– finally to the condemnation of Trump’s decision in recognizing Jerusalem as Israel’s capital (published on December 12th).
This extensive list demonstrates Sison’s considerate, unrelenting, and wide-ranging political analysis, Marxist critique, and guidance forward.
Substantively, several works here provided a sustained analysis and commentary on the continuing relevance and validity of Leninism and the October Revolution. They were papers of speeches given and feature articles published in association with various events and media outlets commemorating the 100th anniversary of the October Revolution in west Africa, Asia Pacific, western Europe, and North America.
Major recurring themes in these papers and articles include: one, the development of Leninism from the legacies and lessons from Marx, Engels, and the 1871 Paris Commune to Lenin’s further elaboration on the fundamental principles of Marxism in the era of modern imperialism and proletariat revolution, to the political and organizational tasks of the Bolsheviks in overthrowing Tsarism and the armed seizing of political power, the establishment of the first socialist state in one country, and to Stalin’s consolidation, defense, and advancement of socialist revolution and construction up to the early 1950s.
The second recurring theme involves the global impact and continuing validity of the October Revolution. For Sison, one way to measure the global impact of the October Revolution is in terms of the negative reaction of the imperialist powers and the international bourgeoisie. In addition, Sison highlights the building and development of socialism from 1917 to 1956 on one-sixth of the people of the world, especially the working class and the oppressed peoples and nations. Concretely, this meant the upsurge of Bolshevik-type of communist parties, revolutionary mass movements, and national liberation movements that expanded on a global scale under the guidance of Lenin, Stalin, the Communist Party of the Soviet Union, and the Third International. Important is also the fight against fascism for the toiling masses on the worldwide scale and for the toiling masses to gain more political power during and after World War Two.
Significant also is the victory of the Chinese Revolution, the struggle of Mao and the Chinese Community Party against modern revisionism, and Mao’s development of the theory and practice of continuing revolution under the dictatorship of the proletariat through the cultural revolution up to 1976. In China, we see how Mao and the Chinese Community Party applied concrete dialectical and historical materialist analysis to the concrete condition of China to wage protracted people’s war to victory. We also see how Mao and the Party advanced after victory nationalist industrialization, socialist transformation of agriculture in the countryside, and prevail against imperialist blockage, natural calamities, Soviet withdrawal of cooperation, and modern revisionists. On the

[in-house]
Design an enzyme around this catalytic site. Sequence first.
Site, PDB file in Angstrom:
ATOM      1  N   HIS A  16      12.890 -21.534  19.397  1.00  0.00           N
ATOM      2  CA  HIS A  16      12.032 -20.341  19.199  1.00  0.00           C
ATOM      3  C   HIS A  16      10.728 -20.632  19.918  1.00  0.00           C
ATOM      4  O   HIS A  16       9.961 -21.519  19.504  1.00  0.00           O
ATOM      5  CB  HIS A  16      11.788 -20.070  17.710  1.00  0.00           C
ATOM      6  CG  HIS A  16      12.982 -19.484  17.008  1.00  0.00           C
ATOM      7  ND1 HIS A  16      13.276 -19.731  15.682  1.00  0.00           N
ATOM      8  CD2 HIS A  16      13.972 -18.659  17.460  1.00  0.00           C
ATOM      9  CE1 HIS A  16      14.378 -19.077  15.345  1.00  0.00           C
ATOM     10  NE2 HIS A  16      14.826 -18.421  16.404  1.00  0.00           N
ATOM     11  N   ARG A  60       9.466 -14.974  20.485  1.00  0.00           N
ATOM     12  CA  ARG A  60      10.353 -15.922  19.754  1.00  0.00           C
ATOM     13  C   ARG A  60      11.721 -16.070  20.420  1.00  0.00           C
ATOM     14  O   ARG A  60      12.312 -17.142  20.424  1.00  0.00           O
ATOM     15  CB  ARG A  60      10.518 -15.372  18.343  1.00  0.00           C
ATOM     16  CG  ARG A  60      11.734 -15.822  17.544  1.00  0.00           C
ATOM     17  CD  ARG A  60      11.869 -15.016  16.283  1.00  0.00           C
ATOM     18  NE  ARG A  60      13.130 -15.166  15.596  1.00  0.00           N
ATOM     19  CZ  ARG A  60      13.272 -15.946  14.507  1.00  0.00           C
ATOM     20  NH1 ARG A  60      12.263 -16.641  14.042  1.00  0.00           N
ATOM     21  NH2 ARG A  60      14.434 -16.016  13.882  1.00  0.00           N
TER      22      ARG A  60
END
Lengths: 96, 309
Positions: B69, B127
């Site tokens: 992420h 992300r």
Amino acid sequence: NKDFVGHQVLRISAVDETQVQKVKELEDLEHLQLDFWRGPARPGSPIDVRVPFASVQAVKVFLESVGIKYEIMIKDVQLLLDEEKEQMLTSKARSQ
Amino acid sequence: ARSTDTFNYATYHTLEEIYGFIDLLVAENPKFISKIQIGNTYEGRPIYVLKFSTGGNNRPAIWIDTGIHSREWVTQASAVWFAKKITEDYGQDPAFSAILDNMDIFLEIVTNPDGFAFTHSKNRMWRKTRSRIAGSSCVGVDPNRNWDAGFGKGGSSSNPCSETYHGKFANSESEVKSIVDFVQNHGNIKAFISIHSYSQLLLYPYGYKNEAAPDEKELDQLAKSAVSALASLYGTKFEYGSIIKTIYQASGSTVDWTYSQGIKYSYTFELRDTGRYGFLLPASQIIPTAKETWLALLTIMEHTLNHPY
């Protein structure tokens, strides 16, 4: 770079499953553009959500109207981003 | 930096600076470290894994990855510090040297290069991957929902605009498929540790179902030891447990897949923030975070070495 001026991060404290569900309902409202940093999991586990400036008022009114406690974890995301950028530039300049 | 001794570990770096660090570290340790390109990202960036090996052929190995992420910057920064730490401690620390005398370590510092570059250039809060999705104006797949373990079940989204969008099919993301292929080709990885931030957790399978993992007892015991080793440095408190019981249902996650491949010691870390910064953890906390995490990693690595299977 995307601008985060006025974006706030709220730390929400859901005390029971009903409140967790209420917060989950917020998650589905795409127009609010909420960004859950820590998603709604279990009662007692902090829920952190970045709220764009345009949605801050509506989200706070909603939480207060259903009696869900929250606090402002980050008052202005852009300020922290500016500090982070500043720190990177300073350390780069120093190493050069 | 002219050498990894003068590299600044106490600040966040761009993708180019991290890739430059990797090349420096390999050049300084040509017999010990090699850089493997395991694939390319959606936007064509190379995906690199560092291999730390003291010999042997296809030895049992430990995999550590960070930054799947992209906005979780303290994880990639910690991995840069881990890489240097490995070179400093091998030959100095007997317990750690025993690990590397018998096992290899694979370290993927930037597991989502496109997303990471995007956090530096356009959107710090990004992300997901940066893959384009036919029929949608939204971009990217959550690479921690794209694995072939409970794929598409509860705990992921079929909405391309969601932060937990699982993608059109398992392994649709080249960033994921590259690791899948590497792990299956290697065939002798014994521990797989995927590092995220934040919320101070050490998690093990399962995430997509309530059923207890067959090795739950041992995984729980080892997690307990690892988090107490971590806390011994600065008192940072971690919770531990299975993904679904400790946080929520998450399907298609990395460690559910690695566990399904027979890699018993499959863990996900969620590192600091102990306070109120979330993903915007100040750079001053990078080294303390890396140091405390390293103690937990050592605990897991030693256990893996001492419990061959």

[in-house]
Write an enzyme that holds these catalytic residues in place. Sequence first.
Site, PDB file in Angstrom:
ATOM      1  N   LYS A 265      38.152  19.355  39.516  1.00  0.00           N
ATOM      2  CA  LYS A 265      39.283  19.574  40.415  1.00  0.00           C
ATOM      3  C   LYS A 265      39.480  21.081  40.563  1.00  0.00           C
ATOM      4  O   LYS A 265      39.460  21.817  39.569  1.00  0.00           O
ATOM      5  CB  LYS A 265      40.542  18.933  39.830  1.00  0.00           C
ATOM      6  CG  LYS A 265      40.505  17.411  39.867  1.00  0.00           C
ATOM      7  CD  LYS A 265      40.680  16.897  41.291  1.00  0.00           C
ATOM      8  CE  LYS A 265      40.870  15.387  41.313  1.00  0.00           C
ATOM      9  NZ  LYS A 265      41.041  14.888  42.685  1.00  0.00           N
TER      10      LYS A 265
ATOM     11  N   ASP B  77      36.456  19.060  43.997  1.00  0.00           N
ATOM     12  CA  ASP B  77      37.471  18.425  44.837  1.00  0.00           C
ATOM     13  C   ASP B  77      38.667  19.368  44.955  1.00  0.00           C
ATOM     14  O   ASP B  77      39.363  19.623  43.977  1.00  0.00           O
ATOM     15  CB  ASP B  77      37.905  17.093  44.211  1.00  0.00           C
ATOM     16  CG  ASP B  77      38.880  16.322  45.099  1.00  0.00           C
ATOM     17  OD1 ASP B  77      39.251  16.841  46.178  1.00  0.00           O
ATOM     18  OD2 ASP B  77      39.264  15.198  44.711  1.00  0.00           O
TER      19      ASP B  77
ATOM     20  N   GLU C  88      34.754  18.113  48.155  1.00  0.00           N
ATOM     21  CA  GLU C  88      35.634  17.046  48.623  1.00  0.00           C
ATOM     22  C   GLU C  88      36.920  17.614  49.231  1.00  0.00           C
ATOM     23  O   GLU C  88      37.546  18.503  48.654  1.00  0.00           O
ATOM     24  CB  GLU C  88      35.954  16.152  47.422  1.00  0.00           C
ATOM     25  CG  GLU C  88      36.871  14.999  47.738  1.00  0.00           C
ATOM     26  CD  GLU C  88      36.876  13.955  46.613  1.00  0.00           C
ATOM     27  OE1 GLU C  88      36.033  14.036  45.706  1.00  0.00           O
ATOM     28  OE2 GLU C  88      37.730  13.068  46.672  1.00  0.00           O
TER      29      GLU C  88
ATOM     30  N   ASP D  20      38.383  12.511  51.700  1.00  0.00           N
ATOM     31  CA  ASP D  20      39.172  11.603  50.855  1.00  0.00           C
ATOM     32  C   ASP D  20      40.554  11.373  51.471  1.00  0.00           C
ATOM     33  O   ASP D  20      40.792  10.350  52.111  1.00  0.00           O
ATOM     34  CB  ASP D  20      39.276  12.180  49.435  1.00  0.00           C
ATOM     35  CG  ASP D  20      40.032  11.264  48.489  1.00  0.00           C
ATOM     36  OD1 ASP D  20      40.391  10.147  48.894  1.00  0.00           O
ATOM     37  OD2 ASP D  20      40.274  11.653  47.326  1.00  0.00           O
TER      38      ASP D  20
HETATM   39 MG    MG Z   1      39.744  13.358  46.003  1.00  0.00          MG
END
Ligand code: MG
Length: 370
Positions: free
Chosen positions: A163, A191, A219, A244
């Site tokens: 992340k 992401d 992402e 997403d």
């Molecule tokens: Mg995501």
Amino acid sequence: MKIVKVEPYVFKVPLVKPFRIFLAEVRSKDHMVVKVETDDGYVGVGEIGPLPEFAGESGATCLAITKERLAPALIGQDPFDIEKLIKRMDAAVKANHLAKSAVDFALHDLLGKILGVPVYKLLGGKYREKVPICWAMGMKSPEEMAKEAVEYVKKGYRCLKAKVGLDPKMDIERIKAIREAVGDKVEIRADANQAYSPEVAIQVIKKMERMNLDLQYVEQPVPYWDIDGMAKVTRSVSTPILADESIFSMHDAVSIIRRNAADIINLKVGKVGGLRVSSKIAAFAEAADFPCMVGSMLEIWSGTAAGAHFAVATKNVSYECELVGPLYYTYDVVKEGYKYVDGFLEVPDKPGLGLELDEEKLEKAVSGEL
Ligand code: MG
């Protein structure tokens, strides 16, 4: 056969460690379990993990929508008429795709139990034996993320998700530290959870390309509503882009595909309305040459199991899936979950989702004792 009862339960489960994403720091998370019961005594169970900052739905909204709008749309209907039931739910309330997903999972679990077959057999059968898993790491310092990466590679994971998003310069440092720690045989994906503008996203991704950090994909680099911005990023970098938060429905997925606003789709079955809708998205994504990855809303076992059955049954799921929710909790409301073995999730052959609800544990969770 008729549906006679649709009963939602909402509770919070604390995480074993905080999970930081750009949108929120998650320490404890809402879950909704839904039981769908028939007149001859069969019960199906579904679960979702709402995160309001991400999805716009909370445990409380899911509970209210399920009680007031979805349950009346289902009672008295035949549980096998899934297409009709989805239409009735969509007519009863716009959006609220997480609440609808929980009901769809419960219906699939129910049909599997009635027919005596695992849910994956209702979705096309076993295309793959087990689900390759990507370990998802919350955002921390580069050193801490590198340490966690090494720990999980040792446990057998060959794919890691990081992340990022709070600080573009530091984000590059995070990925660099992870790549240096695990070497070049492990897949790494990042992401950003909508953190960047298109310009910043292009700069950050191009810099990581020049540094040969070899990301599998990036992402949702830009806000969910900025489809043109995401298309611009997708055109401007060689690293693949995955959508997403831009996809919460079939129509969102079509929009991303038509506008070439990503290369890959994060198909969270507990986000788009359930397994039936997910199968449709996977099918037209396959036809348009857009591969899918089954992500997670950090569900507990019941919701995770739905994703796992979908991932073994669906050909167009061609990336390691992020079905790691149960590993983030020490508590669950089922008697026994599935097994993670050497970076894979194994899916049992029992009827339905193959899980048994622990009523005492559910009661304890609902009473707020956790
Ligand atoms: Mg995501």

global stage, Mao and the Party waged a major public ideological debate against Khrushchev and the revisionist takeover of the Communist Party of the Soviet Union.
As such, Sison strongly asserts the continuing validity of the proletarian revolutionary party in arousing, organizing, and mobilizing the broad masses to victory against imperialism and all reaction, the strategies and tactics of proletariat revolutions, the need to explain better to the toiling masses the past, present, and future of the revolutionary cause of socialism, and the need to learn lessons from the disintegration of the former socialist systems so to avert the restoration of capitalism in building new socialist societies in the near future.
The third recurring theme involves the future of imperialism and socialism and the major immediate tasks today in resisting monopoly capitalism militantly and resolutely, particularly its current neoliberal economic offensive, in fighting for and advancing the democratic rights of the toiling massing (not just expecting to be given these rights from the imperialists), and in realizing socialism by defeating the international bourgeoisie, by overcoming the moves of the revisionists and the temporary strategic retreat, and by developing through relentless struggle the various subjective forces of the revolution.
Let me now turn to the second and most major aspect of this 2017 collection, which relates to the Philippines president Duterte’s more open tyranny and fascism starting 2017, the halting of the peace negotiation between the reactionary Philippine government and the National Democratic Front of the Philippines, and the people’s outrage and militant advance.